selectivity to acrylic acid: 95.5%.

EXAMPLE 5

A catalyst having the composition Mo12 V2.3 W0.1 Co4.2 was prepared and activated as described in Example 4, but employing the following amounts of salts:

29.5 g of Co(NO3)2.6H2 O

94.1 g of (NH4)2 Mo2 O7

10.8 g of NH4 VO3

47.2 g of ammonium tungstate containing 90.6% of WO3.

The volume of the former solution (containing Co nitrate) was 450 ml, that of the latter solution was 1,000 ml.

In the aggregate, the composing elements were present in the two solutions in the atomic ratios represented by the theoretical formulation Mo12 V2.0 W4.0 Co2.2.

The catalytic activity test, conducted under the same conditions as described in Example 1, yielded the following results:

conversion of acrolein: 99.4%

selectivity to acrylic acid: 94.0%.

EXAMPLE 5a

A catalyst having the composition Mo12 V2.4 W0.2 Co4.2 was prepared by evaporating an aqueous solution of:

56.3 g of Co(NO3)2.6H2 O

94.12 g of (NH4)2 Mo2 O7

12.96 g of NH4 VO3

2.36 g of ammonium tungstate containing 90.6% of WO3.

The resulting solid, once ground for 12 hours at 110 C., calcined at 300 C. for 12 hours, and, finally, activated for 5 hours at 400 C., was ground and subjected to catalytic activity measurements according to the procedures described in Example 1, first at a temperature of 300 C. whereupon the following results were obtained:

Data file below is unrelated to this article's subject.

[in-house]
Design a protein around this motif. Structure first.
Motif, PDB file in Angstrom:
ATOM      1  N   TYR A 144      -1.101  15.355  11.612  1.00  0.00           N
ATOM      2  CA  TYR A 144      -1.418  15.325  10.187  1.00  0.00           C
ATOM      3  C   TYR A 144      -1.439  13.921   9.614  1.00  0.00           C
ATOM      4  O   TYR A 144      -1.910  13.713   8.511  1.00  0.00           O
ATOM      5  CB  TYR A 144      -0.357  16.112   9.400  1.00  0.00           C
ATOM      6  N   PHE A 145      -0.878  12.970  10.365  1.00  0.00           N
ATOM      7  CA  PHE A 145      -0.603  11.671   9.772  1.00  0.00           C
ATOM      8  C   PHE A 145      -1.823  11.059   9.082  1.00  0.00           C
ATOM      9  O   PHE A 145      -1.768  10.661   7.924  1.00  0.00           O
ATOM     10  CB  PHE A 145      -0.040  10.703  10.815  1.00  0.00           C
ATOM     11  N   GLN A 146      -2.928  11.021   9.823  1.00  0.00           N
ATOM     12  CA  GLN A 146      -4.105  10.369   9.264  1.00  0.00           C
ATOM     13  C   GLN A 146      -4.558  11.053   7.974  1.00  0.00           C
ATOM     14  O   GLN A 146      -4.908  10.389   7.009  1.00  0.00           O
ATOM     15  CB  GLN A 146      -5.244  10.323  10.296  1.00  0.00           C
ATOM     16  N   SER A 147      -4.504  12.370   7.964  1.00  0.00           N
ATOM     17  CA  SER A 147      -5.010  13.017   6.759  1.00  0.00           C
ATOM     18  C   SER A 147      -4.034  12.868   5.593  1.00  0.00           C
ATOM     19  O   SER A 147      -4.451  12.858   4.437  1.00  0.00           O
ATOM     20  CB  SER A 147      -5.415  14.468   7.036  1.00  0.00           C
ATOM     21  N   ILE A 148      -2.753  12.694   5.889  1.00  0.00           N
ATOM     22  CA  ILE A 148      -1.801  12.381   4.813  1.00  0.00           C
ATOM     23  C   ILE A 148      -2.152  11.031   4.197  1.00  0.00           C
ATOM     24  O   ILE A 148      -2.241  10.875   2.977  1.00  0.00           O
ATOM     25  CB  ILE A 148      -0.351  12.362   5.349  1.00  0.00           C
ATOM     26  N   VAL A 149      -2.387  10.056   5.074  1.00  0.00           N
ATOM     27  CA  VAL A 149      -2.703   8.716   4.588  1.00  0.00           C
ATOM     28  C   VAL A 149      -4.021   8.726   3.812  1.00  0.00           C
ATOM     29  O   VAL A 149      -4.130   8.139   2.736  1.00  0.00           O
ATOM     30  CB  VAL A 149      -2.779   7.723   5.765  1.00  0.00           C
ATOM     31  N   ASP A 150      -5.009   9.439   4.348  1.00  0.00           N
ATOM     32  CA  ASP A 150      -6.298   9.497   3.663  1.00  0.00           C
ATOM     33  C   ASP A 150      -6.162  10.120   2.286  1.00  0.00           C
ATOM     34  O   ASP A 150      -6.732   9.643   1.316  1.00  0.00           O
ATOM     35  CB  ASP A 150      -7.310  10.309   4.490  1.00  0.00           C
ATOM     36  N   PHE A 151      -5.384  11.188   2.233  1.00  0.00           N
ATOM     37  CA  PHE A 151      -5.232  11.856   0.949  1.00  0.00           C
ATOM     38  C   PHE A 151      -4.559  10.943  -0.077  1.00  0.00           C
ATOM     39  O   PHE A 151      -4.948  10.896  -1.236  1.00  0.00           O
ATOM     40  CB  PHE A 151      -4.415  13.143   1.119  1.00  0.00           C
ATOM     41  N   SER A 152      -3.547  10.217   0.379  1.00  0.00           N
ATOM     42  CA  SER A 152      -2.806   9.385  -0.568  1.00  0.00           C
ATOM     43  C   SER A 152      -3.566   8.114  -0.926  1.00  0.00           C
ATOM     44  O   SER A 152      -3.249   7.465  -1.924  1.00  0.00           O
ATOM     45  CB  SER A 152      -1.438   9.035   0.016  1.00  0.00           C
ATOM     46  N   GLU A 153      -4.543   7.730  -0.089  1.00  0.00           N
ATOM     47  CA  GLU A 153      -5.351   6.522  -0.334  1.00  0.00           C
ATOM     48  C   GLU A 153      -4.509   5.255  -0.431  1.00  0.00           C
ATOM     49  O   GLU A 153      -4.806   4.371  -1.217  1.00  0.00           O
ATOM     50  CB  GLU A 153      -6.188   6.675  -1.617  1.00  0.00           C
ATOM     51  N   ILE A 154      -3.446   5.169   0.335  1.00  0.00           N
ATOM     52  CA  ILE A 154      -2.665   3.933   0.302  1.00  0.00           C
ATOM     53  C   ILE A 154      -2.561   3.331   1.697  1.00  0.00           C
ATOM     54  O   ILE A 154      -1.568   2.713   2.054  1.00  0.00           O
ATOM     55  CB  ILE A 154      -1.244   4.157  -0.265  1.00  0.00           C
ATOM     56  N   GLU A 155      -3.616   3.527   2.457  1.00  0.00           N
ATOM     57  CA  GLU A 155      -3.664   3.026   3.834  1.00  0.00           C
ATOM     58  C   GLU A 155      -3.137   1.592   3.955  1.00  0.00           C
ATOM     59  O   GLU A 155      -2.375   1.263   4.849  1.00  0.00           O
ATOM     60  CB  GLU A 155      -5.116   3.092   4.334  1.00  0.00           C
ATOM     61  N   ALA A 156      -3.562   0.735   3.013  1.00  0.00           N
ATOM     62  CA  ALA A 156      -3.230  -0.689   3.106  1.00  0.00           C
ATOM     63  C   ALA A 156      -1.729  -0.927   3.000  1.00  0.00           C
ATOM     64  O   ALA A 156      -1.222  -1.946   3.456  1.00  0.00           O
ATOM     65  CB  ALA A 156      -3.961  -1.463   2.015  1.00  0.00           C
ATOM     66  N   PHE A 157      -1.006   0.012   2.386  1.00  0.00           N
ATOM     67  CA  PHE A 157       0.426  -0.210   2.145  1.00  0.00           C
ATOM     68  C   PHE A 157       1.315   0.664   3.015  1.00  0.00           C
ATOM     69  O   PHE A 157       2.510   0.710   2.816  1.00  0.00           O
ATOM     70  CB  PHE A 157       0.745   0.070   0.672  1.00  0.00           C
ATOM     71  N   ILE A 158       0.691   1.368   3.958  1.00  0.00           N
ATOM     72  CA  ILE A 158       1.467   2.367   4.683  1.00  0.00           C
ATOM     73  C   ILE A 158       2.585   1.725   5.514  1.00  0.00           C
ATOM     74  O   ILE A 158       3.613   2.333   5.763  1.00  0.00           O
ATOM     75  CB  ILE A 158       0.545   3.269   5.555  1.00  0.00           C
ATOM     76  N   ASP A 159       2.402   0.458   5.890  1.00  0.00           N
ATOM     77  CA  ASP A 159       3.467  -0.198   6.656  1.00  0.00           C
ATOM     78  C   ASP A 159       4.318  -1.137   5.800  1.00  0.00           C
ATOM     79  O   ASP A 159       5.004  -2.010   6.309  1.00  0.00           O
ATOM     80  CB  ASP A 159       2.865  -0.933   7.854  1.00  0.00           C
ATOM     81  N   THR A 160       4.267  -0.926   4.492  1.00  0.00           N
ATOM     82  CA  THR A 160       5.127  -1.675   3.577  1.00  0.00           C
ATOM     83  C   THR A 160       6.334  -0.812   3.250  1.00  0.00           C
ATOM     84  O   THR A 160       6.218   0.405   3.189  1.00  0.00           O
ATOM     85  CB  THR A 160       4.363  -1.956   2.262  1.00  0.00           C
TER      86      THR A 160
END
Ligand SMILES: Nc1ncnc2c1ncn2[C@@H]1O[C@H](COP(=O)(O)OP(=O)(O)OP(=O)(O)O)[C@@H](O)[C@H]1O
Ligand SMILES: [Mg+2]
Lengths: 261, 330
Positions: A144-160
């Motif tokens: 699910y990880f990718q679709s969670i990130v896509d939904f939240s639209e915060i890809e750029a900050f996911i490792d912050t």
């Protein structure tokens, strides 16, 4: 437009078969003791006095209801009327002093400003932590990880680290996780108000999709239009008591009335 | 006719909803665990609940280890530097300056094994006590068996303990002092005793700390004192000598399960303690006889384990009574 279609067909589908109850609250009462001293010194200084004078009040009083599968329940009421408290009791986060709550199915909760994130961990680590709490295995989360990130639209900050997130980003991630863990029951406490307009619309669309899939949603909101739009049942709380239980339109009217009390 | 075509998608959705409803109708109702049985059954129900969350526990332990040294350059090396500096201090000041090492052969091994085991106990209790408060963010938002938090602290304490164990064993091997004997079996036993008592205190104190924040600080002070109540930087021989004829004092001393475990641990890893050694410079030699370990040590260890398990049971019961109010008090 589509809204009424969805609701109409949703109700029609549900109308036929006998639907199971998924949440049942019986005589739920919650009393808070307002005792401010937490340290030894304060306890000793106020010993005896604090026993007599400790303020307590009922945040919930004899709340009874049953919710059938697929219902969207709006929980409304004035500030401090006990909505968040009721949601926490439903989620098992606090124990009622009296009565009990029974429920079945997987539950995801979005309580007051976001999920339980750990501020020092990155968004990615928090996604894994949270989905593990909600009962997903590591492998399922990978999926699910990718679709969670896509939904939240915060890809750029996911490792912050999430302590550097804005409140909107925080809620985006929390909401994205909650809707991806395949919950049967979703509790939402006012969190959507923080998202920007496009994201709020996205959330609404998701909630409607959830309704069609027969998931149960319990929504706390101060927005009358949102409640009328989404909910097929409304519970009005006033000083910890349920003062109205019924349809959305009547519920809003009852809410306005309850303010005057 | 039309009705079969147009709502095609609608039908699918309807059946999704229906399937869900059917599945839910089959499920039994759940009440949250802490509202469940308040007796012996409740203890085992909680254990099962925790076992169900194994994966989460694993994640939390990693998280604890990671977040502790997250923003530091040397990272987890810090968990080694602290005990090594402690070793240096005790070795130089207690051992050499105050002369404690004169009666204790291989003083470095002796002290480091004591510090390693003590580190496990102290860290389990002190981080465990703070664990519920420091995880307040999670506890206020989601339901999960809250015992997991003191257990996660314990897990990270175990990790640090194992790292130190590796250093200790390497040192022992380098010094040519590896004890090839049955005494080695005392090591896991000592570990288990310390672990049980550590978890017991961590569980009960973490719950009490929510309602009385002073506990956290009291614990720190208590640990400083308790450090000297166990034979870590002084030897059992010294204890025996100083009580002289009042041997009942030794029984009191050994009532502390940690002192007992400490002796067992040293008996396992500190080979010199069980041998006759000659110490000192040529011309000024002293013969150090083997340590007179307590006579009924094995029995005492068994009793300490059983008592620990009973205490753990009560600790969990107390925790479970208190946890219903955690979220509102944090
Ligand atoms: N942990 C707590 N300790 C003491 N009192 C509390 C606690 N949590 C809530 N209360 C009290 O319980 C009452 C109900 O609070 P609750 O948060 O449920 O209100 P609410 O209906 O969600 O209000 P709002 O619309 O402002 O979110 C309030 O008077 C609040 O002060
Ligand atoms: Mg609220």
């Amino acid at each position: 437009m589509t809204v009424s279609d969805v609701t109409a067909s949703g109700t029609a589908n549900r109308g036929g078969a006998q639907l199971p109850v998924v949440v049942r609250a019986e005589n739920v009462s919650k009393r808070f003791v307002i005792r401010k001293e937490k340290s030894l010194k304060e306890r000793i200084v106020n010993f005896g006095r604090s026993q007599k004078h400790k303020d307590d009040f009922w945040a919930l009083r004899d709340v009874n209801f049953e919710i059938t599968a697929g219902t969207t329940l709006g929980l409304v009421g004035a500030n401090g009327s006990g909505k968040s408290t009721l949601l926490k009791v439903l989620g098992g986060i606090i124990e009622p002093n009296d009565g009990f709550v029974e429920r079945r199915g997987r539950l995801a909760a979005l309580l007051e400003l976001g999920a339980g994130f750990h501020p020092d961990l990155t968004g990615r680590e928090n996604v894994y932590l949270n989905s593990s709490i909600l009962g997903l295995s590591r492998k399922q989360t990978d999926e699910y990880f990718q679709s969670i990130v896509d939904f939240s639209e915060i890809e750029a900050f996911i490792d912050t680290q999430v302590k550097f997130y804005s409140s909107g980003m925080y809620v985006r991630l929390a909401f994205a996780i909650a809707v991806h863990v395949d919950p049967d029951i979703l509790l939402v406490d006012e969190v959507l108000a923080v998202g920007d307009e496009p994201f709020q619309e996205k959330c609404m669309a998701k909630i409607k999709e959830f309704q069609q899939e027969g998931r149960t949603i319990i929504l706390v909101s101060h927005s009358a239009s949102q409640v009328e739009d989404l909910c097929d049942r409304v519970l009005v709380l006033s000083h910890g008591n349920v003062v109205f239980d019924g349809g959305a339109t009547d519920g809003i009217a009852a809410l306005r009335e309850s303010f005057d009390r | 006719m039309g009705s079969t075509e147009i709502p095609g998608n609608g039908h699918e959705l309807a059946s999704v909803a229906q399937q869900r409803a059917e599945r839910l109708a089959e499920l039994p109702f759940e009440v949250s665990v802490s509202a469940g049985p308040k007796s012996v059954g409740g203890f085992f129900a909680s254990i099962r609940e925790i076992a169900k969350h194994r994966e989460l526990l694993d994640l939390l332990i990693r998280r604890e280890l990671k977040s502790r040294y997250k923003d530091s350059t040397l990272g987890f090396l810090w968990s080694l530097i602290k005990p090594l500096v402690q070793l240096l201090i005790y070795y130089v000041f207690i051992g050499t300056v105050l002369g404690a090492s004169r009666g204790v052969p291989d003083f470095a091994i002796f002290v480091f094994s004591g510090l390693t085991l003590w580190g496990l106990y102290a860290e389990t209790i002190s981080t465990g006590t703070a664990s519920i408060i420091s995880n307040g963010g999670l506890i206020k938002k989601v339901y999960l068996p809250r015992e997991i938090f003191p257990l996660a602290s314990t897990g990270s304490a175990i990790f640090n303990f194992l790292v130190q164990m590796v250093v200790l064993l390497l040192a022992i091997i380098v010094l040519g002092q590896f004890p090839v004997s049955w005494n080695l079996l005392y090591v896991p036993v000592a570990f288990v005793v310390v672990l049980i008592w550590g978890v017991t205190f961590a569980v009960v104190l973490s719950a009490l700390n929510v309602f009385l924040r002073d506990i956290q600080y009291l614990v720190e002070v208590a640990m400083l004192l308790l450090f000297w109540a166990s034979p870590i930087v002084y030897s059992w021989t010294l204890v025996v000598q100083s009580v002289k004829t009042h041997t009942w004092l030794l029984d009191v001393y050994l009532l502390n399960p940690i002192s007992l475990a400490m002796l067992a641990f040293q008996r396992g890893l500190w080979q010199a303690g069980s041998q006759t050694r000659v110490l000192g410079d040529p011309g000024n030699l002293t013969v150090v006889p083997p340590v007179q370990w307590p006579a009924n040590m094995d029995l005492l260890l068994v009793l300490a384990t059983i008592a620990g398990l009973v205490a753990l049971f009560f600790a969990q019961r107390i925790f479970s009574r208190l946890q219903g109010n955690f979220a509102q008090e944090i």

conversion of acrolein: 93.3%

selectivity to acrylic acid: 84.9%.

At a temperature of 280 C., the following results were obtained:

conversion of acrolein: 83.9%

selectivity to acrylic acid: 87.2%.

EXAMPLE 6

A catalyst having the composition Mo12 V2.4 W0.2 Co5.1 was prepared and activated according to the procedures described in Example 1, but utilizing 253.5 g of Co(NO3)2.6H2 O.

In the aggregate, the composing elements were present in the two solutions in the atomic ratios represented by the theoretical formulation Mo12 V2.4 W0.2 Co6.3.

The catalytic activity test, conducted under the same conditions as described in Example 1, but at a temperature of 270 C., yielded the following results:

conversion of acrolein: 100%

selectivity to acrylic acid: 93.8%

EXAMPLE 7

A catalyst having the composition Mo12 V2.5 W0.2 Co5.5 was prepared and activated according to the procedures described in Example 1, but using 337.8 g of Co(NO3)2.6H2 O.

In the aggregate, the composing elements were present in the two solutions in the atomic ratios represented by the theoretical formulation Mo12 V2.5 W0.2 Co8.4.